I had this little ritual when I lived in Arizona.
Whenever we would have a particularly persistent monsoon storm, I would put my shoes on, and venture out to our balcony to stand to watch the rain.
There was something about those storms that felt somehow romantic. The way the rain fell in a straight vertical line from the sky to the ground. The earthy smell of water splashing against desert dirt. The refreshing feeling of moisture in the ordinarily dry air.
I would almost always be the only one outside for as far as my eyes could see, breathing in and out, leaning my bare arms against a stone banister, watching the continuous wall of rain and the occasional lightening that lit up the sky like a strobe.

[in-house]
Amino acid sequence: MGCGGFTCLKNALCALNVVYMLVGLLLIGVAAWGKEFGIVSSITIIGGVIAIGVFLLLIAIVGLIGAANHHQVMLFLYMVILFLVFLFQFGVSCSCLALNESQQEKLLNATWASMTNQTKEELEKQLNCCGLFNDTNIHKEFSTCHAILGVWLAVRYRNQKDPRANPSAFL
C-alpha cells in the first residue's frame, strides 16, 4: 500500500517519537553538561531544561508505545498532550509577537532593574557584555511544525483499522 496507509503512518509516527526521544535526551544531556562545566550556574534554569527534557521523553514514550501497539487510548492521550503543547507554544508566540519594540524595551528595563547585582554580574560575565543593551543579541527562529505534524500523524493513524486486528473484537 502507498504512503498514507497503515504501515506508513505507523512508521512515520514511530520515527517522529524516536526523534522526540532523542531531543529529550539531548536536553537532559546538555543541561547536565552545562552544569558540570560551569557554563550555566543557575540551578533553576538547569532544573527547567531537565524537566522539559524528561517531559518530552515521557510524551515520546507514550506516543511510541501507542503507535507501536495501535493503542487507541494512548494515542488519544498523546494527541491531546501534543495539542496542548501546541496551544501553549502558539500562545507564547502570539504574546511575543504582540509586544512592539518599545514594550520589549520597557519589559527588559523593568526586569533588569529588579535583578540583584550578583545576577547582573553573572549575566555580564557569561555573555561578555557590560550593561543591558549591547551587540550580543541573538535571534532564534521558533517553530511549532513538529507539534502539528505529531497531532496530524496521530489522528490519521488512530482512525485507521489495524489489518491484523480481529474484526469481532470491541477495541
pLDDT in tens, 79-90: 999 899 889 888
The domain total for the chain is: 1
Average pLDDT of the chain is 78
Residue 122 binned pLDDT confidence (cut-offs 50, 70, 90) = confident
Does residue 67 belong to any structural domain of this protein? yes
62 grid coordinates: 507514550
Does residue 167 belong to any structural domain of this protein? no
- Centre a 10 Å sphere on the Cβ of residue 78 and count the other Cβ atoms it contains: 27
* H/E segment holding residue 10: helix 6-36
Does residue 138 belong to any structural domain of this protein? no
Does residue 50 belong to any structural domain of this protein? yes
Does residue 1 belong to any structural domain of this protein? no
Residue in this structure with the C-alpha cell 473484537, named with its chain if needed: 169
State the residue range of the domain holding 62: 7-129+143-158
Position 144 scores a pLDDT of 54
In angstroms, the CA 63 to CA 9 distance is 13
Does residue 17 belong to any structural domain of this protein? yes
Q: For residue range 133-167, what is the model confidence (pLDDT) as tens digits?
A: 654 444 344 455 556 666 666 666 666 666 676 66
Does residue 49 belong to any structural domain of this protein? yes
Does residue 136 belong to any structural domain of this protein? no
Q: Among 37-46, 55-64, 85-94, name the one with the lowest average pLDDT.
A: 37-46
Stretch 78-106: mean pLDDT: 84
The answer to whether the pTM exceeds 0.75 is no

Its beauty was stunning.
I have this little ritual now that I live in Pennsylvania.
Whenever we have a particular persistent snowfall, I put my shoes and my coat on, and venture out to my backyard to stand to watch the snow.
There is something about the soft way the snow falls that feels somehow romantic. The way it gathers and muffles any and all sound so that when you step outside, you leave all sights and sounds of life behind. You enter a world of utter and complete stillness.
I am almost always the only one outside for as far as my eyes can see, breathing in the dry, cold air and sending it back out in puffs of white. I study the yellow windows that hint at the warmth found inside and the way the light from each lamppost casts long shadows across pristine blankets of snow.
Its beauty is stunning.